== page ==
The psoas seems to unwind from the spine. The psoas is deep. It holds things together. It’s not superficial. And it travels a long road, from top to bottom: spine to inner thigh. It’s hard to let it go, let it unwind, let it release the hip. Hard to let it unclench. So much energy and effort is invested in staying upright, supporting the spine. And yet the psoas is pretty much invisible, unfelt, unless it’s injured. And even then, when there’s pain, or an interruption of mobility, is it the psoas? Or is it one of the smaller thigh muscles closer to the surface: pectineus, sartorius, whatever: there’s a veritable forest of muscle in the upper inner thigh. And that morass of muscle makes it hard to sense the psoas internally. Because it is at bottom, in a way. So it’s hard to draw. A true test of intentionality. Or maybe a leap of faith. Mysterious proprioception. It’s hard to conceptualize a muscle that wraps, that extends from the trunk to the lower limb.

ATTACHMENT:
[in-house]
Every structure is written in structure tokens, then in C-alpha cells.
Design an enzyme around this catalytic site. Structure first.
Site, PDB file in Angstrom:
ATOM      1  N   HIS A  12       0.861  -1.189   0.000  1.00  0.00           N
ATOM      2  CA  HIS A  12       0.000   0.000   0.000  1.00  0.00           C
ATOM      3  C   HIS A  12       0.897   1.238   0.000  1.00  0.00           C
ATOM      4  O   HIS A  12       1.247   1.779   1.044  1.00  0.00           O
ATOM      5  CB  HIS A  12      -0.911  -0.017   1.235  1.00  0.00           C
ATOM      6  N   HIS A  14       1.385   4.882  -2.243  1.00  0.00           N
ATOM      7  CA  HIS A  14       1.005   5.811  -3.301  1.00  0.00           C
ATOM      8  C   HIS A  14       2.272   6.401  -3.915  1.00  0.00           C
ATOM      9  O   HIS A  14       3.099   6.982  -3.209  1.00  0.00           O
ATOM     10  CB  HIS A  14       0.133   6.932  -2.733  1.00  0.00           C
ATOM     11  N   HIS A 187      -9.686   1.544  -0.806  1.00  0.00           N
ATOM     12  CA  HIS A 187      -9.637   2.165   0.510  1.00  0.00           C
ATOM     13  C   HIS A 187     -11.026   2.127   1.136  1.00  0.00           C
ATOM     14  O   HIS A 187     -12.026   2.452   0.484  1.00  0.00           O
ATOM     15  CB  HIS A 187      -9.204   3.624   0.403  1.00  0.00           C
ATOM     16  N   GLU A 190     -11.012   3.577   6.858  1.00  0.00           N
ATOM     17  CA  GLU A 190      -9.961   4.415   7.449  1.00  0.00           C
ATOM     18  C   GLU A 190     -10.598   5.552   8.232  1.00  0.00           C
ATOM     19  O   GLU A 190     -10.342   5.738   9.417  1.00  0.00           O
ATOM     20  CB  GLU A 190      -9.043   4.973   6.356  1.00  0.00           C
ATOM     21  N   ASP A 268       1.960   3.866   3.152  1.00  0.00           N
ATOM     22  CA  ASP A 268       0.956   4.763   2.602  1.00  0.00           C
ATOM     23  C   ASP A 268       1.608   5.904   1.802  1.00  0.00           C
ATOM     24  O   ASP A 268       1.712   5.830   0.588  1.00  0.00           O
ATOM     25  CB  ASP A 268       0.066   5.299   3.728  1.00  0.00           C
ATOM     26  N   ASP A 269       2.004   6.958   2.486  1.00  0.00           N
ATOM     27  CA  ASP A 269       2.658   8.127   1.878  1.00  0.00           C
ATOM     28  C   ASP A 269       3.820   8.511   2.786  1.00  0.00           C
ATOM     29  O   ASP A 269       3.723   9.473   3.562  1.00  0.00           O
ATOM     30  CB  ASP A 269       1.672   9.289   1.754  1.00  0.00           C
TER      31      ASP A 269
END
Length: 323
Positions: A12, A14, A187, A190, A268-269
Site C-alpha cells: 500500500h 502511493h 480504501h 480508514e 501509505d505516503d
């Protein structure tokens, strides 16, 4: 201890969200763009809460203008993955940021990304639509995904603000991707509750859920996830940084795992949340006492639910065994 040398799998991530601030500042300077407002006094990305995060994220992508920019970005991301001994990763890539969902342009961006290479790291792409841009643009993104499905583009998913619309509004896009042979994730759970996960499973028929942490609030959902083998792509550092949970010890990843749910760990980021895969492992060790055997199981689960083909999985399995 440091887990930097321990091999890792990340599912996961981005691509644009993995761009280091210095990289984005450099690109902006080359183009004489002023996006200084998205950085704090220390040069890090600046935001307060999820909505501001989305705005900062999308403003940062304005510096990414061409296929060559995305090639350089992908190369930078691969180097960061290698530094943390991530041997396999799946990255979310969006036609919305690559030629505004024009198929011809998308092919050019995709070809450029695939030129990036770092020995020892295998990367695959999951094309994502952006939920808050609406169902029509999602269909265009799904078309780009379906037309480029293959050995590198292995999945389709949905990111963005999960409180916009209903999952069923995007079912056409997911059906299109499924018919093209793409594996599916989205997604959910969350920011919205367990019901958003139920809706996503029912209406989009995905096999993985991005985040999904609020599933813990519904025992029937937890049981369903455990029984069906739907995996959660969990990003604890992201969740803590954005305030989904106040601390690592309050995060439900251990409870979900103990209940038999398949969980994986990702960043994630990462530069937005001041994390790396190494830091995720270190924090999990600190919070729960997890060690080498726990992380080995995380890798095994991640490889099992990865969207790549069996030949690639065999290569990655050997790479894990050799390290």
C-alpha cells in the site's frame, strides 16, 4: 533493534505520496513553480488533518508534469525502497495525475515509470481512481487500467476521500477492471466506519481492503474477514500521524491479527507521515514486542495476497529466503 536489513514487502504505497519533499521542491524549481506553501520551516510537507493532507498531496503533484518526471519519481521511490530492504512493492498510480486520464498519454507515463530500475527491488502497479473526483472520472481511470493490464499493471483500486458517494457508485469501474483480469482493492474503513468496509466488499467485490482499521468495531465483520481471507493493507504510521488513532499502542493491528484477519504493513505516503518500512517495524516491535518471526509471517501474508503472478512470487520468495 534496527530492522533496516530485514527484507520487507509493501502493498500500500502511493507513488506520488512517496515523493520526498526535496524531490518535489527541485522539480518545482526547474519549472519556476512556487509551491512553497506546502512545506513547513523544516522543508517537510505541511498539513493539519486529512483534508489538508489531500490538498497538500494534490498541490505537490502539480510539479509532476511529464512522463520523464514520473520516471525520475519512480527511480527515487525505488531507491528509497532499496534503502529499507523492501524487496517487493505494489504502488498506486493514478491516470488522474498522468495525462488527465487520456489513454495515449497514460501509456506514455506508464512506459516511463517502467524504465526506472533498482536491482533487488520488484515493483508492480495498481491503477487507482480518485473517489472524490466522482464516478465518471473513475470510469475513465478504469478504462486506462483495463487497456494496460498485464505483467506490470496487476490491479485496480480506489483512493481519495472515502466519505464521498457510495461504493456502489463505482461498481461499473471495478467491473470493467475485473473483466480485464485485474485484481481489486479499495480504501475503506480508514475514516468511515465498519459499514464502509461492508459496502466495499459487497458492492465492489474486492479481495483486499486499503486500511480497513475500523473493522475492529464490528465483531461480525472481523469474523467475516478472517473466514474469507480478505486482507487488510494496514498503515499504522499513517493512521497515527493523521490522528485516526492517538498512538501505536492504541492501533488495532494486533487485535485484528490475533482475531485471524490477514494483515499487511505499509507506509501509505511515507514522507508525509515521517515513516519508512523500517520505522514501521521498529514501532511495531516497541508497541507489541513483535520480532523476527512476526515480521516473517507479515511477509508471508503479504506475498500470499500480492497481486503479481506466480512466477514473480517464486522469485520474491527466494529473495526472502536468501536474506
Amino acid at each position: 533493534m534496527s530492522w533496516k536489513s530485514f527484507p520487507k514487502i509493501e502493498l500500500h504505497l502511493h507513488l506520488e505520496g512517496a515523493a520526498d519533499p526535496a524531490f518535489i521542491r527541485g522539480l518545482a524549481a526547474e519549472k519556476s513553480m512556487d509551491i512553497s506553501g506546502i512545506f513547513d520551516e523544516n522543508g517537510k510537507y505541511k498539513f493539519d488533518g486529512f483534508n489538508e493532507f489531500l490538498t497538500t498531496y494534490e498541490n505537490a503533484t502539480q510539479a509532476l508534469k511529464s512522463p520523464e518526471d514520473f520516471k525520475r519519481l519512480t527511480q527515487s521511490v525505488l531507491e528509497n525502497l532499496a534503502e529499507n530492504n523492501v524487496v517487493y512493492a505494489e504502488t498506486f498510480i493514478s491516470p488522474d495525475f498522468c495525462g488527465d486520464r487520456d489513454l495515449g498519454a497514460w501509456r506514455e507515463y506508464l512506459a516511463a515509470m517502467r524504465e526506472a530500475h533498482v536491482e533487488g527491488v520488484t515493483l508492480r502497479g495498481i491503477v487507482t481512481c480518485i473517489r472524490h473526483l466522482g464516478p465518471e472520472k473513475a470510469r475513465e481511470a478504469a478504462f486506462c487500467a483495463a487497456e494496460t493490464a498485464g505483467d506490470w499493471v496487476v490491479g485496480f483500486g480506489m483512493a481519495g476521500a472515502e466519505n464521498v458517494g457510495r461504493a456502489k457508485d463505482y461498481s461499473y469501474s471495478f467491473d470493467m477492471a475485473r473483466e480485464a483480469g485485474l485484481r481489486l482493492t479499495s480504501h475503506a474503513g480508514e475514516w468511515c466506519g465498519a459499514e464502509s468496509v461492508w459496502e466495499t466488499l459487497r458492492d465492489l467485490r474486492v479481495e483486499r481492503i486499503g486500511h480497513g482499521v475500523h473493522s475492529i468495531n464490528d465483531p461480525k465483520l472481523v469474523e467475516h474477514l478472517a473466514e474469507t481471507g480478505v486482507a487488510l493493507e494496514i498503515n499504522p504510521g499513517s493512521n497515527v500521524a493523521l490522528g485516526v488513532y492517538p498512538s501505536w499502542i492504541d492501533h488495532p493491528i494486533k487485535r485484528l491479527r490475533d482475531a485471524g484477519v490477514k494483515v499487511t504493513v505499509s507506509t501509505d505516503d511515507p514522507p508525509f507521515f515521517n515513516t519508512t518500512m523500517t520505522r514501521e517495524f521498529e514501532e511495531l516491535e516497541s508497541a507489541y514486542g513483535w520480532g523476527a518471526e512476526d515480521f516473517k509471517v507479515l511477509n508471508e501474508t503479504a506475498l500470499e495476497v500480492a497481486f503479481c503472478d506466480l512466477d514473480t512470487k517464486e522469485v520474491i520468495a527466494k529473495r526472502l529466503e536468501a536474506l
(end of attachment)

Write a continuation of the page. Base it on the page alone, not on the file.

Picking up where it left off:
It’s fundamental, a major link. It makes basic movement possible, helps to form the body’s syntax. Helps to stabilize the lower back too. And it doesn’t get enough respect.
I love the block lunges that Jonathan likes to demonstrate. Not only do they release the psoas, they make a basic connection to the muscle possible. In a way, they expose the psoas to scrutiny. This is a good thing, in a safe environment. An information gathering expedition.